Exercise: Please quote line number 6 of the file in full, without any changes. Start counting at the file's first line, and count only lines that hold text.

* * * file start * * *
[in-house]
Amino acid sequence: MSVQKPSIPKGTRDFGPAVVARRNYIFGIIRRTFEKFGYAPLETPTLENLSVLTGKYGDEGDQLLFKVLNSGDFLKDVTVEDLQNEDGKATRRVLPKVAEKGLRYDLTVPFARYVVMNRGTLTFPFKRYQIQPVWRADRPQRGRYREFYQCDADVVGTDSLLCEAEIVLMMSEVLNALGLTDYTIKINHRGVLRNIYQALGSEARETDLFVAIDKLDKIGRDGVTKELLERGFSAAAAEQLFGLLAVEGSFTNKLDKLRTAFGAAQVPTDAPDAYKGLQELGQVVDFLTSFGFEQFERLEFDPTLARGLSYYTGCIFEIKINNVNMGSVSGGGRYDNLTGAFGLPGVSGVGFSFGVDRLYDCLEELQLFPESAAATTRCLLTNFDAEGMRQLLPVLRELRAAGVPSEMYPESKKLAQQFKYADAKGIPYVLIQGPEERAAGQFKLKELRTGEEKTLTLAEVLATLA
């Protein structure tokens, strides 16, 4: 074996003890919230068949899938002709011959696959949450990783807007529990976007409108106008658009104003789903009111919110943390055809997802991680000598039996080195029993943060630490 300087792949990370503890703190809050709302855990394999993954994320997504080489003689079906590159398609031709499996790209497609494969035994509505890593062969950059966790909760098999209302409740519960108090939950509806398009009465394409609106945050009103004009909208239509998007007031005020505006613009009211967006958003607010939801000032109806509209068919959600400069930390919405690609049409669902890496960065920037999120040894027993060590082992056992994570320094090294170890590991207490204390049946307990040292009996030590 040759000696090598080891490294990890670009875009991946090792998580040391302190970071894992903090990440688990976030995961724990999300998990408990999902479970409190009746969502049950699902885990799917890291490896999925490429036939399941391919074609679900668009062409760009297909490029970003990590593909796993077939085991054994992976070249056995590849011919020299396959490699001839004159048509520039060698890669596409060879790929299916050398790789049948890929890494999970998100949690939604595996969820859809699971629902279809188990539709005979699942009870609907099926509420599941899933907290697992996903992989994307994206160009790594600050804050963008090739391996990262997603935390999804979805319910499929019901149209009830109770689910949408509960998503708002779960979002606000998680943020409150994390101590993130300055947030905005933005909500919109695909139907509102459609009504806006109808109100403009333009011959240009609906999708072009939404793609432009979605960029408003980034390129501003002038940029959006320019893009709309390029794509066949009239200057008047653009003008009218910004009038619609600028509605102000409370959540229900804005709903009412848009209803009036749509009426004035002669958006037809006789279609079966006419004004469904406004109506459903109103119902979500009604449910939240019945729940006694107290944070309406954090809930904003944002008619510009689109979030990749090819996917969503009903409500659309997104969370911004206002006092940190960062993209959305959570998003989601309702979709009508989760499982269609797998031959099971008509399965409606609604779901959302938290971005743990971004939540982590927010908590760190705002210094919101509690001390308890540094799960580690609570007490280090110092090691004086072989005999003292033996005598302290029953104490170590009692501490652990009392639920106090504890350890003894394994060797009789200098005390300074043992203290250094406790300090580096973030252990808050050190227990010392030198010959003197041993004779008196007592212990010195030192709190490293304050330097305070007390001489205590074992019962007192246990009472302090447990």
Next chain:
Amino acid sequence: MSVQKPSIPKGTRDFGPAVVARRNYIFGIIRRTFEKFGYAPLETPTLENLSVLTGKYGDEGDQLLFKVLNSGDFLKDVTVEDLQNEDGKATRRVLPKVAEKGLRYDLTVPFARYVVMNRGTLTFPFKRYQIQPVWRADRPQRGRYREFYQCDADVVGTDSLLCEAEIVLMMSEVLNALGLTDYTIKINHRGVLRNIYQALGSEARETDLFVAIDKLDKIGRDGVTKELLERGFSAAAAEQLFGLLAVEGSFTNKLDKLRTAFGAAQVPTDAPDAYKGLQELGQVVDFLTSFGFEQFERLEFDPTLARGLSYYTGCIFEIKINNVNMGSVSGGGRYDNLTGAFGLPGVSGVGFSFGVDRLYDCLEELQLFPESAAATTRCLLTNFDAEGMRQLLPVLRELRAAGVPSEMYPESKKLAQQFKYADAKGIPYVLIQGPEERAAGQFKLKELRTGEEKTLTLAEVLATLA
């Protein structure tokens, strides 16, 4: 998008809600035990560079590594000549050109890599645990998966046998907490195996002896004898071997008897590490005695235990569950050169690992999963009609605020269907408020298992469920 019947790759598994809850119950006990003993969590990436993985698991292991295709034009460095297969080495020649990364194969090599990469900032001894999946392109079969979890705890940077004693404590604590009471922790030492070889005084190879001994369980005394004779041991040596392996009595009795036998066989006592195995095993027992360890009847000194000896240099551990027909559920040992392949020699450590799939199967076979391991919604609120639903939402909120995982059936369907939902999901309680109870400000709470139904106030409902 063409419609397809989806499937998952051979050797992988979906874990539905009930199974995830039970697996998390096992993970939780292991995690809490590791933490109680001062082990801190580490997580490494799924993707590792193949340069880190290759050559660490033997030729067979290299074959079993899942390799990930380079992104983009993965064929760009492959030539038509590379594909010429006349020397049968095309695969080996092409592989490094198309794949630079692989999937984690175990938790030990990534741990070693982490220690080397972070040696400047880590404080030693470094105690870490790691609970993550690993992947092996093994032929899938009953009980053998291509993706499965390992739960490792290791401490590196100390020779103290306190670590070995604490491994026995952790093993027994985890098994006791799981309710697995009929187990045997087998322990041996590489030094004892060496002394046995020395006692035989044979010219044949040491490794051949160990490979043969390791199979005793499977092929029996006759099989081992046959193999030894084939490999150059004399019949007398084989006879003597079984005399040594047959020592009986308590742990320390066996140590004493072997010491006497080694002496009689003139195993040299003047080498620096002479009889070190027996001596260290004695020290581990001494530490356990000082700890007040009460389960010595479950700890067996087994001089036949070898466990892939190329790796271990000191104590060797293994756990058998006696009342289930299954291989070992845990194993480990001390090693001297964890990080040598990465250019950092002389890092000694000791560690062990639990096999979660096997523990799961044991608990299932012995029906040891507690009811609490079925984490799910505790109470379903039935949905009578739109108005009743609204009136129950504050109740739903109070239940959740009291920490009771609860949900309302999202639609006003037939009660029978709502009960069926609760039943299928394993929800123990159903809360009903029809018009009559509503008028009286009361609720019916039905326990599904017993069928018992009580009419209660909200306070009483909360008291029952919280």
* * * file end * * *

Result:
């Protein structure tokens, strides 16, 4: 998008809600035990560079590594000549050109890599645990998966046998907490195996002896004898071997008897590490005695235990569950050169690992999963009609605020269907408020298992469920 019947790759598994809850119950006990003993969590990436993985698991292991295709034009460095297969080495020649990364194969090599990469900032001894999946392109079969979890705890940077004693404590604590009471922790030492070889005084190879001994369980005394004779041991040596392996009595009795036998066989006592195995095993027992360890009847000194000896240099551990027909559920040992392949020699450590799939199967076979391991919604609120639903939402909120995982059936369907939902999901309680109870400000709470139904106030409902 063409419609397809989806499937998952051979050797992988979906874990539905009930199974995830039970697996998390096992993970939780292991995690809490590791933490109680001062082990801190580490997580490494799924993707590792193949340069880190290759050559660490033997030729067979290299074959079993899942390799990930380079992104983009993965064929760009492959030539038509590379594909010429006349020397049968095309695969080996092409592989490094198309794949630079692989999937984690175990938790030990990534741990070693982490220690080397972070040696400047880590404080030693470094105690870490790691609970993550690993992947092996093994032929899938009953009980053998291509993706499965390992739960490792290791401490590196100390020779103290306190670590070995604490491994026995952790093993027994985890098994006791799981309710697995009929187990045997087998322990041996590489030094004892060496002394046995020395006692035989044979010219044949040491490794051949160990490979043969390791199979005793499977092929029996006759099989081992046959193999030894084939490999150059004399019949007398084989006879003597079984005399040594047959020592009986308590742990320390066996140590004493072997010491006497080694002496009689003139195993040299003047080498620096002479009889070190027996001596260290004695020290581990001494530490356990000082700890007040009460389960010595479950700890067996087994001089036949070898466990892939190329790796271990000191104590060797293994756990058998006696009342289930299954291989070992845990194993480990001390090693001297964890990080040598990465250019950092002389890092000694000791560690062990639990096999979660096997523990799961044991608990299932012995029906040891507690009811609490079925984490799910505790109470379903039935949905009578739109108005009743609204009136129950504050109740739903109070239940959740009291920490009771609860949900309302999202639609006003037939009660029978709502009960069926609760039943299928394993929800123990159903809360009903029809018009009559509503008028009286009361609720019916039905326990599904017993069928018992009580009419209660909200306070009483909360008291029952919280």